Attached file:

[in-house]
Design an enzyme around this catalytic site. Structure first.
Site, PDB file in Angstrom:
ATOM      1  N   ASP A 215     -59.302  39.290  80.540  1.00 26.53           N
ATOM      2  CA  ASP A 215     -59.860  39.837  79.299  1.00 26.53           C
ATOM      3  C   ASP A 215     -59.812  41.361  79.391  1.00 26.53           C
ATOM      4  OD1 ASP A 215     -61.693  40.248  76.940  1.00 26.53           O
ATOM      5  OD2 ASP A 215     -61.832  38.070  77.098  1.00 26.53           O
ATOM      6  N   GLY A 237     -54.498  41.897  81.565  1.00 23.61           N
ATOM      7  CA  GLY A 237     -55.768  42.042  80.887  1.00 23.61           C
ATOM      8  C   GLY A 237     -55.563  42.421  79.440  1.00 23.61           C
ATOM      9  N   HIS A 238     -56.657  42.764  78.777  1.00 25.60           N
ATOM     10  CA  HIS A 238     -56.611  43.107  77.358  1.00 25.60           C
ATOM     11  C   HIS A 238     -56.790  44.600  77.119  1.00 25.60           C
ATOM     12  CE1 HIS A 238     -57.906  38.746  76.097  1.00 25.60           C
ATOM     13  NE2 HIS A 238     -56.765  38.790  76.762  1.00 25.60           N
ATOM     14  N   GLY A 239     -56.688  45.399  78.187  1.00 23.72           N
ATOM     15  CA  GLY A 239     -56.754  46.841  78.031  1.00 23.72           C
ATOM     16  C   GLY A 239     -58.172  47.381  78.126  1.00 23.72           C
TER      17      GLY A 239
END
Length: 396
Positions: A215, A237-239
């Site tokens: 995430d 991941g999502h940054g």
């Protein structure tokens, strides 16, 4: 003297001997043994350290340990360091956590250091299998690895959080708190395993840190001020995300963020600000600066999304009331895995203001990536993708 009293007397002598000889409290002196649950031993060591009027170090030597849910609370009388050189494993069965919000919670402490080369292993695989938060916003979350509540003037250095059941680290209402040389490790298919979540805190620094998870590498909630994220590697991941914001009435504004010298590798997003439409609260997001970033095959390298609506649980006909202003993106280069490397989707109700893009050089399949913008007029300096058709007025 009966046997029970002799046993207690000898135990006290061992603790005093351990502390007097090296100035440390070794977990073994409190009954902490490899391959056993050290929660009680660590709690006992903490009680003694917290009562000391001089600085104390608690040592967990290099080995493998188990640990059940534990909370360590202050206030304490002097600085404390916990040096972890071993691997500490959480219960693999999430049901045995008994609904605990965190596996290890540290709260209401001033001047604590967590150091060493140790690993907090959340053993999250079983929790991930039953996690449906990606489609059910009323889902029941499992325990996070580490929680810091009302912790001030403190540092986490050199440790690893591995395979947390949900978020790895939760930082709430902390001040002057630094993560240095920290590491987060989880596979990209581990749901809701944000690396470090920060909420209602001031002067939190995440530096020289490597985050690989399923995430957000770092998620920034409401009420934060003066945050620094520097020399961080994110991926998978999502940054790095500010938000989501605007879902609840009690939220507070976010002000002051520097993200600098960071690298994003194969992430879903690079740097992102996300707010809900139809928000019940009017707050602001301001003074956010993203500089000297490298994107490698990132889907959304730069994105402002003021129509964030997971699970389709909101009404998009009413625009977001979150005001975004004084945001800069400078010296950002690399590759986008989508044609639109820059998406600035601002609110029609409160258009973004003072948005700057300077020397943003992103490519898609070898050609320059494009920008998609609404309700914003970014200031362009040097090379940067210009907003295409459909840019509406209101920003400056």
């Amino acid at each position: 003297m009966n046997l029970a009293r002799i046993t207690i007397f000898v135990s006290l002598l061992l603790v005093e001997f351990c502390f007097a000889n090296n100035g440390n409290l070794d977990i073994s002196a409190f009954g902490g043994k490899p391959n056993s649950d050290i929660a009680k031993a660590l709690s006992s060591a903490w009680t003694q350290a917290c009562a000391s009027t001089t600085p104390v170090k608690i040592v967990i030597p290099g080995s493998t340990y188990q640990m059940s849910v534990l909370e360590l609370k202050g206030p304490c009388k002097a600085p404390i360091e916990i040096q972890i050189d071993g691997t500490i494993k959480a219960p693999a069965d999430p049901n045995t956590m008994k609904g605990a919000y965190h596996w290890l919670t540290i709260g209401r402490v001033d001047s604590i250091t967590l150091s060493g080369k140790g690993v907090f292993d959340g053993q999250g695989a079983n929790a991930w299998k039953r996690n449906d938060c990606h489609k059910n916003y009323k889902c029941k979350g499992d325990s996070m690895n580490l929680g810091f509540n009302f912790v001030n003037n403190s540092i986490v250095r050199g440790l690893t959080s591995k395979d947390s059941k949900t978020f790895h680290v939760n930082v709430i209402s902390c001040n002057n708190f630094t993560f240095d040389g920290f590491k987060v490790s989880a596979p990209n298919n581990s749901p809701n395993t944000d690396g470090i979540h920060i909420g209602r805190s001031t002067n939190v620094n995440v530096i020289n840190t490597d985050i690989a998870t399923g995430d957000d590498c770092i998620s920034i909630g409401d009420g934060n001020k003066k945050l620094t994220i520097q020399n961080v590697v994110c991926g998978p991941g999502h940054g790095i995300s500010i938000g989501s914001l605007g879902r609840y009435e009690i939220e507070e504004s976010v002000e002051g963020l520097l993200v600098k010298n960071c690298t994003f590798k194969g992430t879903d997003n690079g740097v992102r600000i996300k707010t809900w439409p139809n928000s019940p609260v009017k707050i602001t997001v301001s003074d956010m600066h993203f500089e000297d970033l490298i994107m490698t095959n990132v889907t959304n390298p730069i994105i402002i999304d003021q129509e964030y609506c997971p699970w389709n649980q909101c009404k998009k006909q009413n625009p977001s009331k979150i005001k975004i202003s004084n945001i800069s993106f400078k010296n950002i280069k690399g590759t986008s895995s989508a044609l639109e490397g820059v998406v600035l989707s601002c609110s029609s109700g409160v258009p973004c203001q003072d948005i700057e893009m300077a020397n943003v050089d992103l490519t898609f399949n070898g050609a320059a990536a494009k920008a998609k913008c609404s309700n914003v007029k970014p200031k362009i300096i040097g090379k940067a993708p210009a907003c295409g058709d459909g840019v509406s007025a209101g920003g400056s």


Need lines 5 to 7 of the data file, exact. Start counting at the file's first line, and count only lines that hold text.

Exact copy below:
ATOM      2  CA  ASP A 215     -59.860  39.837  79.299  1.00 26.53           C
ATOM      3  C   ASP A 215     -59.812  41.361  79.391  1.00 26.53           C
ATOM      4  OD1 ASP A 215     -61.693  40.248  76.940  1.00 26.53           O